Happenings in Christine's World

Short stories of life, thoughts, and feelings


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Experiencing the Seasons of 2012

Since the beginning of this year I have set the goal to consciously take in every possible moment I could of each season. That meant taking the time to notice the white clouds floating across the pale blue sky; little green specs turning into green leaves and watching cherry blossoms bloom. I inhaled the fresh scent of lavender lilacs. I saw the return of robins, bluebirds and yellow finches. I saw my lovely red, yellow and pink rose bushes bloom. I took in the scent of the wild honeysuckle that grows on my wooden fence. 

During mid-summer I witnessed butterflies fluttering over my butterfly bush and my corn flowers. Soon large bumble bees appeared as well as funny looking bees that looked like some sort of humming bird, but learned it was a type of moth. 
In late summer my morning glories and moon flowers bloomed on a daily bases. I loved looking at my morning glories each morning to see how many bloomed and in the evening I looked for moon flower blooms. 
Soon the summer eased into the fall and leaves began to turn a golden yellow, burnt orange and burgundy. The color of the leaves seemed to be more vibrant this year, but maybe that’s because I didn’t take as much time to admire them in years past. Soon the rain came and the wind blew and the leaves were gone. This autumn we got to see how devastating Mother Nature can be with Hurricane Sandy when she hit the northeast coast of the United States and wiped away shorelines leaving many without electric for days, but worse, she demolished homes from her strong winds and high waves and took lives. 
Snow did fall once prior to the official start of winter, but since winter officially started on December 21 snow has fallen three times-giving the area in which I live a white Christmas – just like the song sung by Bing Crosby. 
Fortunately, I was able to capture many of these seasonal events in pictures and video. 
My hope for 2013 is that I will once again take the time to consume each season and find peace in the moments.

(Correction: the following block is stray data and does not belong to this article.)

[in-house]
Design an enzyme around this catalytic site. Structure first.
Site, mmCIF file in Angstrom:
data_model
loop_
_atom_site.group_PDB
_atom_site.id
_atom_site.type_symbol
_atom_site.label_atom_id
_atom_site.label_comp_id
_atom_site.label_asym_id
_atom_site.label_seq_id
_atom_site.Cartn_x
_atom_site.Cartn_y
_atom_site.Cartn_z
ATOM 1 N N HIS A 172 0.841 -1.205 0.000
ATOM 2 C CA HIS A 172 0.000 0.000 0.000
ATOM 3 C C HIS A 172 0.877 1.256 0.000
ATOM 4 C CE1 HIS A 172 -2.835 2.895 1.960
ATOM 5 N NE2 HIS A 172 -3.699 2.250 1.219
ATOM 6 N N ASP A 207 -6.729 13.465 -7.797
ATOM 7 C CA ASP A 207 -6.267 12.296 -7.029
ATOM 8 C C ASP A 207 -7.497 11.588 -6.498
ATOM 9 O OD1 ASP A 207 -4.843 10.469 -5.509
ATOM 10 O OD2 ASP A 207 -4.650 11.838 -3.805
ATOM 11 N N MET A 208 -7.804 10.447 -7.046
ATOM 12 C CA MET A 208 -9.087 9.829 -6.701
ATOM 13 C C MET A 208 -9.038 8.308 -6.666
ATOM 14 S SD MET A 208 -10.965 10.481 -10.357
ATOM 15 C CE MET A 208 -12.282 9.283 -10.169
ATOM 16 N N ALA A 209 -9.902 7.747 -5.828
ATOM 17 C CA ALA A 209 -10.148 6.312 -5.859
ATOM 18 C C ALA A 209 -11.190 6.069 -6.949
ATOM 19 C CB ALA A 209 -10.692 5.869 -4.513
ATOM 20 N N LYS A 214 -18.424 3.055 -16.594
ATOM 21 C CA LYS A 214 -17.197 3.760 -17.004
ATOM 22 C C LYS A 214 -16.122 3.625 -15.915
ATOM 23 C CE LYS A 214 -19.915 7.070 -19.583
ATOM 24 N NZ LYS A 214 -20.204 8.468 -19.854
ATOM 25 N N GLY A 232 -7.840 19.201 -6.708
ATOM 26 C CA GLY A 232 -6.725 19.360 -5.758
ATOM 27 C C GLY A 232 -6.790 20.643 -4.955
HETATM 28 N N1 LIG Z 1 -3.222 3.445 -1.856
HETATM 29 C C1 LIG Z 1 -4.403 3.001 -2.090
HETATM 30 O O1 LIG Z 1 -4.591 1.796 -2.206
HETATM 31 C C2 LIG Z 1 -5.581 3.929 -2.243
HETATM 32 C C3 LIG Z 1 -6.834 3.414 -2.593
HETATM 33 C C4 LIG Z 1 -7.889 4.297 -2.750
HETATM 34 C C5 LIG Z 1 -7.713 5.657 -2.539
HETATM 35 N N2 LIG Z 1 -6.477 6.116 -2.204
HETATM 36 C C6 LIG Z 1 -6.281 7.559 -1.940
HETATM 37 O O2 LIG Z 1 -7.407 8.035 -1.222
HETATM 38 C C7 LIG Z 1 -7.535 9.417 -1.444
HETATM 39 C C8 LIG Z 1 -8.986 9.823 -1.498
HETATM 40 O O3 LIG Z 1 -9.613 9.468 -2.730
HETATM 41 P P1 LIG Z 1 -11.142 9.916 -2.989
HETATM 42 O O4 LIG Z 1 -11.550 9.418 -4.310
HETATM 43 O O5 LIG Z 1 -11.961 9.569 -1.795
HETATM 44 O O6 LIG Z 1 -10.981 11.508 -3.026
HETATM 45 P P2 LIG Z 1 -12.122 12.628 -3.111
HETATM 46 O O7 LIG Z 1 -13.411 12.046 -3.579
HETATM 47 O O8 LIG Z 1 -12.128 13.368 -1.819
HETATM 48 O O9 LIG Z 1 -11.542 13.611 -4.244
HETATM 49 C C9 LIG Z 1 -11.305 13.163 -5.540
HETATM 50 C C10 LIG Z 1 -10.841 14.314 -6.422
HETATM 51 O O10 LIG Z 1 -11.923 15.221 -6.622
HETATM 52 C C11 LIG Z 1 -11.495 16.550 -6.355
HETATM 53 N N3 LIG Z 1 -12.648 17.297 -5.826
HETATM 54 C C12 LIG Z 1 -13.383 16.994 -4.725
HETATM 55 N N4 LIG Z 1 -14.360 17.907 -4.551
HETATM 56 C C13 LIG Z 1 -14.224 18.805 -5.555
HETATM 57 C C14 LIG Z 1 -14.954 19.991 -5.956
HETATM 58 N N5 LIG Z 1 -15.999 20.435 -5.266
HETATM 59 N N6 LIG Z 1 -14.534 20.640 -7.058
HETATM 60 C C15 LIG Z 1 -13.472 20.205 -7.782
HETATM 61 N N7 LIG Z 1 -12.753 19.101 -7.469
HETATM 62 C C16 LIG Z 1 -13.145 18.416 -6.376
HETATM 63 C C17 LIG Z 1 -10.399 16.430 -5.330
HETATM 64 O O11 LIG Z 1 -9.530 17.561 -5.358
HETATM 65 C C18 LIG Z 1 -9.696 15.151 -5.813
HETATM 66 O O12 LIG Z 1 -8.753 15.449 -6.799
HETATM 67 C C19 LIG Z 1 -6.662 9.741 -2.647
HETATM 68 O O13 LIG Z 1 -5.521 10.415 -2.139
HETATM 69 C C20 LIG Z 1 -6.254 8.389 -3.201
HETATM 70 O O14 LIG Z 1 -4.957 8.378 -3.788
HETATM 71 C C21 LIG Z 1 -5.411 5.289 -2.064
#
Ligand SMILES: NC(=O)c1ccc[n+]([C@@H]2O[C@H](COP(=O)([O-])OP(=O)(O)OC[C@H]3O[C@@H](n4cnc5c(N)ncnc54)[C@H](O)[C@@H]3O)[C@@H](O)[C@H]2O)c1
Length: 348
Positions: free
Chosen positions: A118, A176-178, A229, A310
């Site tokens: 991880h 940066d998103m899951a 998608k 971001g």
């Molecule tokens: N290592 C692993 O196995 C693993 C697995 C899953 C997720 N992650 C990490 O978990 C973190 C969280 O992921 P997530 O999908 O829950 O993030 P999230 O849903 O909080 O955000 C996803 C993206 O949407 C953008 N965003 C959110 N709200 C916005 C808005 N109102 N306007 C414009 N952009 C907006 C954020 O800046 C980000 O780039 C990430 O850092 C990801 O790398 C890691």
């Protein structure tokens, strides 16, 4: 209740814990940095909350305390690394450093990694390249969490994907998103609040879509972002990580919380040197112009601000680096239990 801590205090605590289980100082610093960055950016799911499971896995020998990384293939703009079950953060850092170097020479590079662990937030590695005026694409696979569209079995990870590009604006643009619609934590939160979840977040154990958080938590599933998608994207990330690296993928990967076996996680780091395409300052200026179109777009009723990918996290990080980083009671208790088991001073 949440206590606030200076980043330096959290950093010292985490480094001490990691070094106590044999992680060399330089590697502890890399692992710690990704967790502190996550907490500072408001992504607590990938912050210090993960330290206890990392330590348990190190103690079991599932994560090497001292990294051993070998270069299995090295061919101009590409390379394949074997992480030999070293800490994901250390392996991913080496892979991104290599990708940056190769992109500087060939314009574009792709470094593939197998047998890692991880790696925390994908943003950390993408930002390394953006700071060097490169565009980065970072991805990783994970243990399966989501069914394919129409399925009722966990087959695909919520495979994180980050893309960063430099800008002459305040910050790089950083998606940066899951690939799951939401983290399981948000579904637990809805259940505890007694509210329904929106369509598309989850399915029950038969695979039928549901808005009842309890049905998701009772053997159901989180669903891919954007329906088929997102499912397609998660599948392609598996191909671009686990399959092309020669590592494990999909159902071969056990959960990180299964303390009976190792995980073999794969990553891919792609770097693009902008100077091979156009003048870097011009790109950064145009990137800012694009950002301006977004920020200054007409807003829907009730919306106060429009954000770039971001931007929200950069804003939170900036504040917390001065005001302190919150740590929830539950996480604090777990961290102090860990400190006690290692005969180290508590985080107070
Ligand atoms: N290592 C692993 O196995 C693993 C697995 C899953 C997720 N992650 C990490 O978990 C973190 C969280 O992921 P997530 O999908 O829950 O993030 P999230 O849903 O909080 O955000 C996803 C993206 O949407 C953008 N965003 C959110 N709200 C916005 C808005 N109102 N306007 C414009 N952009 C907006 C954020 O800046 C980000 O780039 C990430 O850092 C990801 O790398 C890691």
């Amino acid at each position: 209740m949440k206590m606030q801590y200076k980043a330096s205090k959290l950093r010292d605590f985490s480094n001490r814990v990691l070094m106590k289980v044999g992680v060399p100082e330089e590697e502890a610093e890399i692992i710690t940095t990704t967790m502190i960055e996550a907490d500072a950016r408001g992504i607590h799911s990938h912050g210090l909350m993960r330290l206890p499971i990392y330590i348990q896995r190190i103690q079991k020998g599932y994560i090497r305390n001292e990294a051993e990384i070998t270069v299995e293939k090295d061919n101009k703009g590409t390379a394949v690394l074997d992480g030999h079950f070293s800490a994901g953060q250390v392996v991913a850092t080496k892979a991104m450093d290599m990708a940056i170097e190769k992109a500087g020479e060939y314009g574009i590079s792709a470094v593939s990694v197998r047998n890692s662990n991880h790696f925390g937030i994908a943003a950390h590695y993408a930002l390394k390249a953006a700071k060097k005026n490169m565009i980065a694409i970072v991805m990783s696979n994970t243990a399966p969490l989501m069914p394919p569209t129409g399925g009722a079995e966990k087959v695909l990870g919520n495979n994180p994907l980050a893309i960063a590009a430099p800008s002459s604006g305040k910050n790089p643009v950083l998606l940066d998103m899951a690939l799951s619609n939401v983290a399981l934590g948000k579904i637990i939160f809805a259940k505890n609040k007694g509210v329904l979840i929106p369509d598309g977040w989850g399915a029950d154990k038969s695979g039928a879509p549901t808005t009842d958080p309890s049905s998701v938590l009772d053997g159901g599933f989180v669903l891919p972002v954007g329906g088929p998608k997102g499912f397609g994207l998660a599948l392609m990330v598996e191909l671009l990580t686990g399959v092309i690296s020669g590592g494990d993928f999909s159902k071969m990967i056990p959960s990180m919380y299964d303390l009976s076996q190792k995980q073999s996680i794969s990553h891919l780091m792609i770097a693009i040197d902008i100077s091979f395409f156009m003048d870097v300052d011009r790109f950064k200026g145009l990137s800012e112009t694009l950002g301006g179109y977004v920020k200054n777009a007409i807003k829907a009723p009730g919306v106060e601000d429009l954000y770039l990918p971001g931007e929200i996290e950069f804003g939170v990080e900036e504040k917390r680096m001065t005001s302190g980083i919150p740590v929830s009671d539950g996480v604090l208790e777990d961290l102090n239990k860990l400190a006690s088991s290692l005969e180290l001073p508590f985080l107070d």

Wishing all my family and friends a happy 2013 and be sure to take in as many priceless moments as possible. Once they’re gone – they are gone and no amount of money can buy them back. 
Love and hugs.
PS – I will be posting photos to my Picasa photo site.


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Winter Solstice is Joined by a Full Lunar Eclipse

The NASA website says “For 72 minutes of eerie totality, an amber light will play across the snows of North America, throwing landscapes into an unusual state of ruddy shadow”.
The “ruddy shadow” begins at 1:33 a.m. EST on December 21 (first day of winter), with eart’s shadow taking a “bite” out of the lunar disk. The “bite” is dark red and will completely cover the moon at 2:41 a.m. EST and will last 72 minutes.
According to the NASA website, the best time to view the eclipse is at 3:17 a.m. EST when the moon “will be in the deepest shadow, displaying the most fantastic shade of coppery red. 
First Day of Winter
With the longest day taking place on June 21st, the shortest day is usually on December 21st, but does vary. This is when days begin to become shorter. This is good news for those who suffer from the winter blues. The day is best known as the Winter Solstice.
For thousands of years this day has been celebrated by several different cultures. In Norse legend  the day is referred to Jul. Old Europe referred to the day as Yule and to the western world it is known as Christmas.
The Circle Sanctuary website states that “Most of the customs, lore, symbols, and rituals associated with “Christmas” actually are linked to Winter Solstice celebrations of ancient Pagan cultures”. 
 The Winter Solstice celebrates the birth of the new solar year. Some of the rituals are: 
  • exchanging gifts with family & friends 
  • decorating your home with lights of green, white, & red 
  • hanging a Yule wreath on your front door and a mistletoe indoors in a doorway. 
  • spread sunflower seeds outside to feed the birdsgreet 
  • at dawn ring bells
 As you can see, many of the celebrations are very much what we do to celebrate Christmas.
For more information on how the Winter Solstice is celebrated see Celebrating the Seasons.
According to guardian.co. uk the last time a total lunar eclipse occurred during winter solstice was in 1638.